@implementation ImageSoup

- (id) init
{
  self = [super init];
  if (self != nil) 
  {
    _images = [[NSMutableDictionary dictionaryWithCapacity: 0] retain];
  }
  return self;
}

- (void) dealloc
{
  [_images removeAllObjects];
  [_images release];
  [super dealloc];
}


- (NSImage*) getImageAtPath: (NSString*) path
{
  NSImage* retrievedImage = [_images valueForKey: path];
  if (retrievedImage == nil)
  {
    NSImage* image = [[NSImage alloc] initWithContentsOfFile: path];
    if (image)
      [_images setObject: image forKey: path];
    [image release];
    retrievedImage = image;
  }
  return retrievedImage;
}

@end
Categories: Graphics, Leopard, Six Days of Cocoa Tags:

Day One: Daylight

April 6th, 2009 3 comments

[Update 04/08/2009 – Daylight is available on the App Store. Have a look, it’s free!]
[Update 19/07/2009 - Daylight has been submitted to the App Store!]
[Update 19/07/2009 - Twilight is now called Daylight.]

Six Days of Cocoa: Day One

I found myself with six unexpected days off, so I decided to take them on six consecutive Mondays, when the kids are in school and most of the housework is done, to concentrate on my independent Cocoa projects. These are projects that I started but put on the back burner for lack of “quality time”.

Day One: Daylight

Daylight is an iPhone application that I wrote to scratch an itch: when does the sun rise or set every day? It’s important to me because I bike to work year-round, and cars can see me much better at dusk than they can at night.

It’s also useful for photographers and filmmakers. One hour before sunset is the so-called “golden hour“, where the shadows are long and the scenery is tinted with an amber glow. Dusk and dawn also form the “blue hour“, much more important at higher latitudes, where there is no direct sunlight; everything is diffused through the atmosphere. No shadows, no glare, no overexposure…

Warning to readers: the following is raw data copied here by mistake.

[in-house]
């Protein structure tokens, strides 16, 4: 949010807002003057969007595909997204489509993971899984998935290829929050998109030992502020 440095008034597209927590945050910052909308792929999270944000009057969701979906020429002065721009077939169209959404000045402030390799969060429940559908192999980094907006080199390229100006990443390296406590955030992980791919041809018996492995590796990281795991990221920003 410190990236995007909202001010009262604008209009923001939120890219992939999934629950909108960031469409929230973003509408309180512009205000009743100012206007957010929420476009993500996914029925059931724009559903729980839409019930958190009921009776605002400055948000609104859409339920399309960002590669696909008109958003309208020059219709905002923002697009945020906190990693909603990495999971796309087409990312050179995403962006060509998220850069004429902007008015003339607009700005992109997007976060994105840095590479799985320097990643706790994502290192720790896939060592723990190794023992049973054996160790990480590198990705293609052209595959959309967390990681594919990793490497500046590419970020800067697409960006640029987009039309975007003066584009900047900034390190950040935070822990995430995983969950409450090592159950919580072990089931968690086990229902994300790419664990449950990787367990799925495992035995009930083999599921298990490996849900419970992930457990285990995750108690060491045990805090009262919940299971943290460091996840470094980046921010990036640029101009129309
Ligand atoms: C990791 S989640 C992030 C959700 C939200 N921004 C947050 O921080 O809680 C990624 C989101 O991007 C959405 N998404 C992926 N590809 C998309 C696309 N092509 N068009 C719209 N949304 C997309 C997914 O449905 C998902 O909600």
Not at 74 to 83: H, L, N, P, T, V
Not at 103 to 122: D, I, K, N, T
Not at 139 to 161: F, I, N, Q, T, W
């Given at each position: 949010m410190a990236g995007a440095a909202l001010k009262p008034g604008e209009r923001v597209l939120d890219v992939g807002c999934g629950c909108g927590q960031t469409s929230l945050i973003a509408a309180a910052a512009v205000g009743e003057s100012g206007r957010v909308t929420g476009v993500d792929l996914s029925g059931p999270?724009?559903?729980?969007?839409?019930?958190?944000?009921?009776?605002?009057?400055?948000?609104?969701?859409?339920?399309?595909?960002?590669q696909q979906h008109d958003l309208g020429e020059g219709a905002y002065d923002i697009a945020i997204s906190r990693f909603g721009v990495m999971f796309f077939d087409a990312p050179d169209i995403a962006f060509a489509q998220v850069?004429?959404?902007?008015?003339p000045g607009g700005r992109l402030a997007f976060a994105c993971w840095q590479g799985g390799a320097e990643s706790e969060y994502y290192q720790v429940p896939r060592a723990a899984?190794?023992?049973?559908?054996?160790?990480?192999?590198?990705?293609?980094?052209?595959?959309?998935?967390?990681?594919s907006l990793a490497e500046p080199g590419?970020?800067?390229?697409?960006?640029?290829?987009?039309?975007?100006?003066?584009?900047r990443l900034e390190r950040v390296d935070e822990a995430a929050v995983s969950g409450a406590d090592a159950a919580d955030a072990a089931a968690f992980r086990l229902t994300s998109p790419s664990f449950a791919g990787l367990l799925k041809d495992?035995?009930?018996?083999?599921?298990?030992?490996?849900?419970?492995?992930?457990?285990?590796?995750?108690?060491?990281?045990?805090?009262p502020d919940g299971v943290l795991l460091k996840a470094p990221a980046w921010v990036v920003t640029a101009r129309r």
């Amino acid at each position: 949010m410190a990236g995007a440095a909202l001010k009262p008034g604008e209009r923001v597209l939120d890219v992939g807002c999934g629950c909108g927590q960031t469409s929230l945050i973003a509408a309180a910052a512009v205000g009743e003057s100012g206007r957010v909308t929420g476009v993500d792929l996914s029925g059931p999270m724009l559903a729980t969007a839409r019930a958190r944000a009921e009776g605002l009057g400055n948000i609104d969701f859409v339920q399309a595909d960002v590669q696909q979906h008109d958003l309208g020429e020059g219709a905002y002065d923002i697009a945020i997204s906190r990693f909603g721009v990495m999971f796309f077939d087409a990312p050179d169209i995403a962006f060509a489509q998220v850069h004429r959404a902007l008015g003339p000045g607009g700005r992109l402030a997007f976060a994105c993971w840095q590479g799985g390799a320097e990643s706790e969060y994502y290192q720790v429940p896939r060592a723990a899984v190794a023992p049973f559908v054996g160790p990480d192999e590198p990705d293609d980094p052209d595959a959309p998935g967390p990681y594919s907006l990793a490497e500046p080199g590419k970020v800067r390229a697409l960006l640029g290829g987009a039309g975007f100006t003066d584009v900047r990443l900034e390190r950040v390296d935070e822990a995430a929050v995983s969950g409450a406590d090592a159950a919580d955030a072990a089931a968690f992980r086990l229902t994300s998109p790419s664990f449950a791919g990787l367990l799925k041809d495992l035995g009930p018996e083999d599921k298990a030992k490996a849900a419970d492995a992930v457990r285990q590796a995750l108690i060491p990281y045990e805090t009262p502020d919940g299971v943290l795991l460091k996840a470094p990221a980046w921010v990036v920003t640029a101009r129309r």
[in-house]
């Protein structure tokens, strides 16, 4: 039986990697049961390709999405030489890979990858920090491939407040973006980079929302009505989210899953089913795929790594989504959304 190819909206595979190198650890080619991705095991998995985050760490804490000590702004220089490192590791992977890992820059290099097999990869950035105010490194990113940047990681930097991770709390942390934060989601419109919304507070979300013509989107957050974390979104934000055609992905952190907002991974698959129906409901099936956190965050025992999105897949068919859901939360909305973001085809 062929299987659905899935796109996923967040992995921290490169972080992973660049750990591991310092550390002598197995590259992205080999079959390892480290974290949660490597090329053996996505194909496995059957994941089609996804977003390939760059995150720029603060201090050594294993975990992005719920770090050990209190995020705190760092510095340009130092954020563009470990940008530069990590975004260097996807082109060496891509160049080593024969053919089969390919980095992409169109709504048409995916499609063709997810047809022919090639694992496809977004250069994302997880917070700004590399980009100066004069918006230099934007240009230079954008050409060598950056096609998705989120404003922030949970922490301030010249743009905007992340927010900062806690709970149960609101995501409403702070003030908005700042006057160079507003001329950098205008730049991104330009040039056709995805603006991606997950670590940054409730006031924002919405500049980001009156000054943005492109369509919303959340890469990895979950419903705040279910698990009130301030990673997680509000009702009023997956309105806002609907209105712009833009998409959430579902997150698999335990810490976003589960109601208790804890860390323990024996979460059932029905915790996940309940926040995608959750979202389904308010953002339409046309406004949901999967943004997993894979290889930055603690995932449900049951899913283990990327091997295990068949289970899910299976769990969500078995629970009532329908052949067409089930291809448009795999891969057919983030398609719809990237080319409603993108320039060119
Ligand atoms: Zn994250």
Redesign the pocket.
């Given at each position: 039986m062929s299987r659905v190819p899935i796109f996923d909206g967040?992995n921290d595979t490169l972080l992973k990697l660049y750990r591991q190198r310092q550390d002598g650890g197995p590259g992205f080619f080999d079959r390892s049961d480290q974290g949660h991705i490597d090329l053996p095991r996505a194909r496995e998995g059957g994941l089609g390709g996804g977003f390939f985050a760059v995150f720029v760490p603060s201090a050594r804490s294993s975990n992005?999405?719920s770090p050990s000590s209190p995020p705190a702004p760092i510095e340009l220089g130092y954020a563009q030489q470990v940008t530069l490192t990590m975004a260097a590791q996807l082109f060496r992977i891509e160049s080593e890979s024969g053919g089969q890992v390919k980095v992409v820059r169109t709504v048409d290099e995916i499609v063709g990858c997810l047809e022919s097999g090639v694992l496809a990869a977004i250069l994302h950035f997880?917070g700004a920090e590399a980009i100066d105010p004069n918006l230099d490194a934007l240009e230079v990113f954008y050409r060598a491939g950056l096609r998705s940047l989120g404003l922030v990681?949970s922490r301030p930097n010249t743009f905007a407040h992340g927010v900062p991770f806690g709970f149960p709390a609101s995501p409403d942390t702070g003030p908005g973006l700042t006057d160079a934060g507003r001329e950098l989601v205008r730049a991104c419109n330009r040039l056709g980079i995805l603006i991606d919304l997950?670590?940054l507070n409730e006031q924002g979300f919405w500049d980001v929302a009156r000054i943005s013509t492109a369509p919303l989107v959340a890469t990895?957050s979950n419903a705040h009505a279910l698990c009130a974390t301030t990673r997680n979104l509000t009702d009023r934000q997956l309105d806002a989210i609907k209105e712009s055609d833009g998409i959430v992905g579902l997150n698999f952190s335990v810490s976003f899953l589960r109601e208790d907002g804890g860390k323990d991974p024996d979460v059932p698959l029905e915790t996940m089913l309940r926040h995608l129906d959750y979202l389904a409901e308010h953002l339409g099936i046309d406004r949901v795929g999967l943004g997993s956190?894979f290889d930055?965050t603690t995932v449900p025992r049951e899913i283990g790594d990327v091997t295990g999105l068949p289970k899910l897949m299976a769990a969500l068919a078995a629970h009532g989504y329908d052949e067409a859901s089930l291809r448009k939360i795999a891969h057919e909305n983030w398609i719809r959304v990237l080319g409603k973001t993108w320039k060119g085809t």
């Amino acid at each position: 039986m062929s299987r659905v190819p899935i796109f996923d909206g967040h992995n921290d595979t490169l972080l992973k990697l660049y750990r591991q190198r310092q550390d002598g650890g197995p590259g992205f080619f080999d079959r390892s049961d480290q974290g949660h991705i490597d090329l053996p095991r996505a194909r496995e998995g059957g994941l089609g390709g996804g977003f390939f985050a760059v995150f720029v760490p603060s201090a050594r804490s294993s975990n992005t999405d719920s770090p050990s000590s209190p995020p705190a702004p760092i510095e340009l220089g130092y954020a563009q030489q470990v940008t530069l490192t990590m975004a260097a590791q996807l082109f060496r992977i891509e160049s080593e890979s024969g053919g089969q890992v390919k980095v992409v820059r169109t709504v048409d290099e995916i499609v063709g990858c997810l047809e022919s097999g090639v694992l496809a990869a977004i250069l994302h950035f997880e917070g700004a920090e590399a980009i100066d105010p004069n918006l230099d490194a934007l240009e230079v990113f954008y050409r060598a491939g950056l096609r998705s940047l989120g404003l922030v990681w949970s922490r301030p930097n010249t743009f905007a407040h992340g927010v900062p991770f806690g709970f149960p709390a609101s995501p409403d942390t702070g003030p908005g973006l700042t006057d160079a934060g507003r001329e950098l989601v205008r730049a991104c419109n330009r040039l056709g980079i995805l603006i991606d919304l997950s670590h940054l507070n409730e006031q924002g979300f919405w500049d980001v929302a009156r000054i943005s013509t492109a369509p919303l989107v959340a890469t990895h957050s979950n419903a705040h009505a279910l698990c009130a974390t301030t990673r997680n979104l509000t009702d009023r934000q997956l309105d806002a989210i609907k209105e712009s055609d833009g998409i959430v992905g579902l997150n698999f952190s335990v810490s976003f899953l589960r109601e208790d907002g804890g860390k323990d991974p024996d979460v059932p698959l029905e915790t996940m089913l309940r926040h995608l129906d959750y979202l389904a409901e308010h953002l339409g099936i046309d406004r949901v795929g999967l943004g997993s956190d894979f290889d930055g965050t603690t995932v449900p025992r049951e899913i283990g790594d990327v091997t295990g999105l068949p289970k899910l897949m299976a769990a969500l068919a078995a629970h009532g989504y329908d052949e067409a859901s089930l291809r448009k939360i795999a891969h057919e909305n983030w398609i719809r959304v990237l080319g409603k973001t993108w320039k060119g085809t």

Daylight is extremely simple. It uses Core Location to determine where you are in the world, and uses the internal clock to figure the current time, and offset from GMT.

There are only a few settings in Daylight . You can choose between Civil, Nautical and Astronomical twilight, set the date (defaults to Today) and reset your location (which is cached for 30 days by default).

Daylight is perhaps the very definition of a one-shot app: you launch it, it does what it says, and you’re done. It encourages discoverability by having large buttons and a little bit of animation.


Today, I found the one bug that was preventing me from going forward, so I am looking for beta-testers for Daylight . If you are interested, please send me a direct message on Twitter (d daylightapp) or send an email to daylight-beta@casgrain.com with your device’s identifier.

Categories: Six Days of Cocoa Tags:

Finding your iPhone or iPod Touch Device ID

April 6th, 2009 Comments off

If you are asked to provide your Device ID to someone, for example if you are beta-testing, here is an easy way to do it:

  1. Connect the device to your Mac or PC.
  2. On the “Summary” tab in iTunes, click the “Serial Number” label. You will notice that “Serial Number” changes to “Identifier”.
  3. Click on the “Edit” menu and select “Copy”. This works even though you can’t select the

Now you can paste the device ID into an email or twitter direct message. It will look something like 3fb3e69f58e0412b962bcdf0293f0c524191b447, but will obviously be different for your device.

Categories: Quickie Tags: